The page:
Lessons of a Legacy Leader

The impact of Alexander Gonzalez' presidency will be felt for years to come

President Gonzalez

Having served Sacramento State for 12 years and the CSU for more than 35, President Alexander Gonzalez is stepping down after a distinguished career in higher education leadership.

The first time Alexander Gonzalez walked the grounds of Sacramento State was in the spring of 2003, just before he was named the University’s seventh permanent president. He and his wife, Gloria, were at once awed and astonished.

They found a lush campus canopy, a natural beauty unmatched in the California State University system. But they also saw some aging buildings, students sporting logo wear from other colleges, and a demand for parking spaces that outstripped the supply.

“We just looked at each other,” Gonzalez recalls. “I saw clearly what we could do, what we needed to do.”

He saw a great opportunity and, in time, Sacramento State’s campus would undergo a historic transformation. Now, as his retirement approaches and he contemplates a wardrobe beyond monogrammed dress shirts, supporters say that Gonzalez can look back with pride on his 12 years as Sacramento State’s president and on how his leadership has changed the University for the better and laid the foundation for its future growth.

“President Gonzalez came to Sac State with a bold vision, and the results have been phenomenal,” says Holly Tiche, a principal in Tiche Consulting and a member of The University Foundation at Sacramento State board of directors. “From student achievements to increased visibility in the community to transformational buildings on campus, the Sac State of today is vastly different than the Sac State of 12 years ago.”

His bold vision started with Destination 2010, a far-reaching initiative that Gonzalez launched in 2004. Among his goals: to foster excellent academic and student programs, build a welcoming campus, create a dynamic physical environment and develop community support. He envisioned Sacramento State as a premier metropolitan university, the flagship of the CSU and a destination campus for the West.

Broad groundbreaking

Gonzalez (second from the left) tosses a ceremonial shovel of dirt at the groundbreaking ceremony for the Eli and Edythe Broad Fieldhouse.

A record number of first-time freshman applicants for fall 2015 serves as proof that Sacramento State is now a destination campus, with the majority of applicants coming from outside the Sacramento region. In addition, more students are transferring to Sacramento State from other CSU campuses.

Gonzalez has been tireless in his efforts to improve students’ lives, and the physical changes to the campus during his administration have been extraordinary. New facilities include the suite-style American River Courtyard residence hall, the Hornet Bookstore, the Eli and Edythe L. Broad Fieldhouse and a multilevel parking structure.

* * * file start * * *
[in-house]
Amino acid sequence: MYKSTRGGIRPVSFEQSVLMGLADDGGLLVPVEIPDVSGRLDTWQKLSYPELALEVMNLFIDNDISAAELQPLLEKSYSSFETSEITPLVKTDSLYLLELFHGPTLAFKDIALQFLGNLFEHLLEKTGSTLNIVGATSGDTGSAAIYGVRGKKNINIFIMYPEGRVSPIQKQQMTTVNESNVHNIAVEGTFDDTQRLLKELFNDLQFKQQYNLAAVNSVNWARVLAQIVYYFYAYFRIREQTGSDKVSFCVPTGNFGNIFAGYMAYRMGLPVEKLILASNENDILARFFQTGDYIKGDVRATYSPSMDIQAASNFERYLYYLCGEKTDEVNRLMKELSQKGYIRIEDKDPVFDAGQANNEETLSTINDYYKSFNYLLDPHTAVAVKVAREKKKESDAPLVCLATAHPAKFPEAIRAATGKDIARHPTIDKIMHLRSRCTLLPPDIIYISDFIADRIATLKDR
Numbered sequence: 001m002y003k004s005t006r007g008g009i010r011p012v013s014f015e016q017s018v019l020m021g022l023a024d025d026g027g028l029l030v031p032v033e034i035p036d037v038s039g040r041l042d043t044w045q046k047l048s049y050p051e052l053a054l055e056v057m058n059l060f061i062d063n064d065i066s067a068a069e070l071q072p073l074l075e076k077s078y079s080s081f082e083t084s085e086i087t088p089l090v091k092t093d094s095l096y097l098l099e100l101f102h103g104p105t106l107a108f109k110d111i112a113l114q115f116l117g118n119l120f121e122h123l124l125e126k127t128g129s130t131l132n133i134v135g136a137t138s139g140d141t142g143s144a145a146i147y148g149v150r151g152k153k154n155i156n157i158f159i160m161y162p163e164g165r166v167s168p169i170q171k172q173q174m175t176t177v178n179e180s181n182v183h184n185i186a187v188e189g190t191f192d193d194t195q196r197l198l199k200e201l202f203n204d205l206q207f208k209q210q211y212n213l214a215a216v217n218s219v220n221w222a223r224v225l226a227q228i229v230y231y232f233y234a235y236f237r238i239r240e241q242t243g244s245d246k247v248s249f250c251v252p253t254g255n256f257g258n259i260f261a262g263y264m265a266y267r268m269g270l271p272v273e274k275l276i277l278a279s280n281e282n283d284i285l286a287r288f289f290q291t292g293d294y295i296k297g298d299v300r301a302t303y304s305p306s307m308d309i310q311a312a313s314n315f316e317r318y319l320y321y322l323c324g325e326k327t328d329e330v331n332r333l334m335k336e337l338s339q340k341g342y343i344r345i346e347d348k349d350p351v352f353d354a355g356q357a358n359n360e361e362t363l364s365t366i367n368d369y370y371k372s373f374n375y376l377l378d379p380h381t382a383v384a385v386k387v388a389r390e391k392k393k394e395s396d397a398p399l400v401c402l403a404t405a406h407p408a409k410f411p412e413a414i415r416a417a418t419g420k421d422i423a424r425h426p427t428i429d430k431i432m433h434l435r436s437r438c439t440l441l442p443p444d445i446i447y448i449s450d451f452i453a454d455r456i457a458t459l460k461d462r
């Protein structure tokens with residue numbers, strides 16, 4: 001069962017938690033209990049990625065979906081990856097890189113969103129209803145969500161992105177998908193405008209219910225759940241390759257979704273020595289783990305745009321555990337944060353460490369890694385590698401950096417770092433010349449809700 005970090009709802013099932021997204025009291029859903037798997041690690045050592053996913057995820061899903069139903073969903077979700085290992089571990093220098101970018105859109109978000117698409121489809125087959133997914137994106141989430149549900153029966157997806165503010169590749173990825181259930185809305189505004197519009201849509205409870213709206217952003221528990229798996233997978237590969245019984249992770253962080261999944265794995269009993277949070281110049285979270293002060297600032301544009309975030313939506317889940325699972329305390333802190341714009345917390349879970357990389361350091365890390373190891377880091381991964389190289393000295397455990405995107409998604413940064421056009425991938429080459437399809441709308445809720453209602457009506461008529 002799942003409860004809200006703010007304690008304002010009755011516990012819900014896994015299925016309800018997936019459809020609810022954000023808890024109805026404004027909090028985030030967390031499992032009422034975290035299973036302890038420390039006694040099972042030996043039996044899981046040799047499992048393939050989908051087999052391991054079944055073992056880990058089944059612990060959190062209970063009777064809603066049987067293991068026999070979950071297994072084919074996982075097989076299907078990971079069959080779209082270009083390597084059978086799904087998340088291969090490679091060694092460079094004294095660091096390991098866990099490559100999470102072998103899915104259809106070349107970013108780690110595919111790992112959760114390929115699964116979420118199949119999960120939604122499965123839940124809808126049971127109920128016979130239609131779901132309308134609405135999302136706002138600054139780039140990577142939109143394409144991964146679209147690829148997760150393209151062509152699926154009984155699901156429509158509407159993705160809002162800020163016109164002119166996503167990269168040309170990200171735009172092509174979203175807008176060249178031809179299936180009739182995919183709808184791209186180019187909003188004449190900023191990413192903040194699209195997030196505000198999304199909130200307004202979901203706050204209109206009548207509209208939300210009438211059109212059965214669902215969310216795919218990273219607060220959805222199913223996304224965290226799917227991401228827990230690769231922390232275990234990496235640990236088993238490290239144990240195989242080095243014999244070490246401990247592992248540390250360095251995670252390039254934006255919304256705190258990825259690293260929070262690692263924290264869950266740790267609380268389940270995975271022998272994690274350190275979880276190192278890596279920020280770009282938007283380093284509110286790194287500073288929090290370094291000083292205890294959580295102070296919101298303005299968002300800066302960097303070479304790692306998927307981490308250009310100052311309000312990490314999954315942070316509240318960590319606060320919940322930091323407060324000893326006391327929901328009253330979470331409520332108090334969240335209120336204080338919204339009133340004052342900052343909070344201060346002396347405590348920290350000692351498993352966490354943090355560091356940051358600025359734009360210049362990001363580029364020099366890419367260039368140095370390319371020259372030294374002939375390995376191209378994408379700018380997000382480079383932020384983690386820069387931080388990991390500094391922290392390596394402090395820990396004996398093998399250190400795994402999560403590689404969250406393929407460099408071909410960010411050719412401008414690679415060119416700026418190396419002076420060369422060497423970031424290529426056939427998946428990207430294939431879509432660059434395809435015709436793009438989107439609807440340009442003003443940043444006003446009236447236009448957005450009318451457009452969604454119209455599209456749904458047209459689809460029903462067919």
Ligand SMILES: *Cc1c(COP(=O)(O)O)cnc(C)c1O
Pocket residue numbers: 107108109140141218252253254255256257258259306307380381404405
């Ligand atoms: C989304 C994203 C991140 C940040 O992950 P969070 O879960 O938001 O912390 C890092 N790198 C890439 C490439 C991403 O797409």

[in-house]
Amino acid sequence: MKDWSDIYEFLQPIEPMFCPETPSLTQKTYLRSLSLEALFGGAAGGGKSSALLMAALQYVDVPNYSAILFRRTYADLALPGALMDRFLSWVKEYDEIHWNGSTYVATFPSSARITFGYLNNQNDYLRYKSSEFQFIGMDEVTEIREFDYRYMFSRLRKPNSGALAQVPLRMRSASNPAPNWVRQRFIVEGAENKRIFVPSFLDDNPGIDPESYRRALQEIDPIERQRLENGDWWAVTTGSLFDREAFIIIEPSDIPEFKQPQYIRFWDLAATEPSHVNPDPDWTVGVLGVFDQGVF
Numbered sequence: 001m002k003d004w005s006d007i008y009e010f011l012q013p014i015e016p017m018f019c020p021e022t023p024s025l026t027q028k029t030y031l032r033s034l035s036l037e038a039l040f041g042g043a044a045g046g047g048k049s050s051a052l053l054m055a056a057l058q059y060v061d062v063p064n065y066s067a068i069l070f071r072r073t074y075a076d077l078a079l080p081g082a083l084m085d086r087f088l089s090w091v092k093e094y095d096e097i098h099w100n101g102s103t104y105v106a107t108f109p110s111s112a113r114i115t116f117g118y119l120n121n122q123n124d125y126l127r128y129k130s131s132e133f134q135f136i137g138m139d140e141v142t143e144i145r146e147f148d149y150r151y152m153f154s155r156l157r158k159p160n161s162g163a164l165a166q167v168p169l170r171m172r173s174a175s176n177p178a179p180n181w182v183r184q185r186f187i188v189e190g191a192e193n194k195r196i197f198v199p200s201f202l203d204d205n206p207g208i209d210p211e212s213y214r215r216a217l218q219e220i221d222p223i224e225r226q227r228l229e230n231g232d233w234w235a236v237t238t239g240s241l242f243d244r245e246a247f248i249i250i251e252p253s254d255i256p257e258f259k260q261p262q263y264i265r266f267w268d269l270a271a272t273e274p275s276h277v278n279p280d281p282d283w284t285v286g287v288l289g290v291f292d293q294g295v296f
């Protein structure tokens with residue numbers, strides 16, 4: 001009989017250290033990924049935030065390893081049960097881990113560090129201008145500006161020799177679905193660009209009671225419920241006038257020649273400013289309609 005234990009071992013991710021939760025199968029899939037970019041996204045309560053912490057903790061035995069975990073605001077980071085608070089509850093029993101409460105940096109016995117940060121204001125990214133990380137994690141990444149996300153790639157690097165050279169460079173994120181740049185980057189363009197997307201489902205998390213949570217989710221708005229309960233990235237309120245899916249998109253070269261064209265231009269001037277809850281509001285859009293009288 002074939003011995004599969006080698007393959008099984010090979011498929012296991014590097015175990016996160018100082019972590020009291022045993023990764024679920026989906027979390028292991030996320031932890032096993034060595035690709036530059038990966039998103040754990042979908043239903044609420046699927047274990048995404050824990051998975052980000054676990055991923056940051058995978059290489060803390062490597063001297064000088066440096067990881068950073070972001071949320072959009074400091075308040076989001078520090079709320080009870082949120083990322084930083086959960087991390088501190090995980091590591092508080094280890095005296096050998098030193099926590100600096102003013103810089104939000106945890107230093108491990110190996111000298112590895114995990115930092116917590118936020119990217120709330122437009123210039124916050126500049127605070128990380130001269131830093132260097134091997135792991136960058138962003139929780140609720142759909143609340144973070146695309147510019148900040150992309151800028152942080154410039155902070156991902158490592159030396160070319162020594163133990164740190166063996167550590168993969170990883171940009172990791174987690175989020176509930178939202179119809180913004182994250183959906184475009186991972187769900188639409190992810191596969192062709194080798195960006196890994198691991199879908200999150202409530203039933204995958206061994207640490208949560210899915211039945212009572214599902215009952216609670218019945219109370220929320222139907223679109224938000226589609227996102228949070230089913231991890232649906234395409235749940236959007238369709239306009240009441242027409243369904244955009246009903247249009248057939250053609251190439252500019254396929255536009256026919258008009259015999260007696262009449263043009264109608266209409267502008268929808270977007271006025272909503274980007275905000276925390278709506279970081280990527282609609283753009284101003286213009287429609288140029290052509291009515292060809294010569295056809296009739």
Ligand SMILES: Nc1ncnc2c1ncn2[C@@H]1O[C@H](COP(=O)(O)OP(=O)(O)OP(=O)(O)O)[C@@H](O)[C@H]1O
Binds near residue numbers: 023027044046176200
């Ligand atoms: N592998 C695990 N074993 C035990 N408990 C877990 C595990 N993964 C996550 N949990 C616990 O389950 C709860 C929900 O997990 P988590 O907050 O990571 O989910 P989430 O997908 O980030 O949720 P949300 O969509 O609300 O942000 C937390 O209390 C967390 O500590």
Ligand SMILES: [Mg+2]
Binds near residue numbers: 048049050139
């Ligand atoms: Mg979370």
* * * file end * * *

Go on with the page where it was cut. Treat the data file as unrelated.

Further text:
Gonzalez worked closely with students on a referendum to fund construction of The WELL, a state-of-the-art student recreation and wellness center that opened in 2010 and which has become a central hub on campus. And the year before, Sac State acquired the former CalSTRS building, now called Folsom Hall. That building is home to the College of Health and Human Services Center for Health Professions, which includes the School of Nursing.

     “President Gonzalez came to

Sac State with a bold vision, and

the results have been phenomenal,

From student achievements to

increased visibility in the community

to transformational buildings on campus,

the Sac State of today is vastly different

than the Sac State of 12 years ago .”

           —Holly Tiche '89

              Principal, Tiche Consulting 

Construction begins this summer on another student housing project, a $54.9 million structure next to the American River at the north end of campus. And Sacramento State continues to work with partners on the development of a satellite campus at Placer Ranch in South Placer County.

Still on the drawing board under a new Campus Master Plan are a state-of-the-art Science II building and an event center.

Under Gonzalez’ leadership, Sacramento State also has raised more than $164 million and received such gifts as 150 works on paper by internationally acclaimed artist (and Sac State graduate) Wayne Thiebaud, the fully equipped HP Networking Lab in computer science, and support to provide future generations of math teachers through the estate of David Steinberg. During Gonzalez’ time, the University awarded more than $43 million in scholarships and created 304 new scholarships, including the President Alexander and Gloria Gonzalez Public Service and Community Leadership Scholarship.

Gonzalez also fostered such student programs as the Veterans Success Center, an general education Honors Program, an Executive Masters of Business Administration degree, a Business Honors Program, and the Guardian Scholars Program for former foster youth.

Dreams to degrees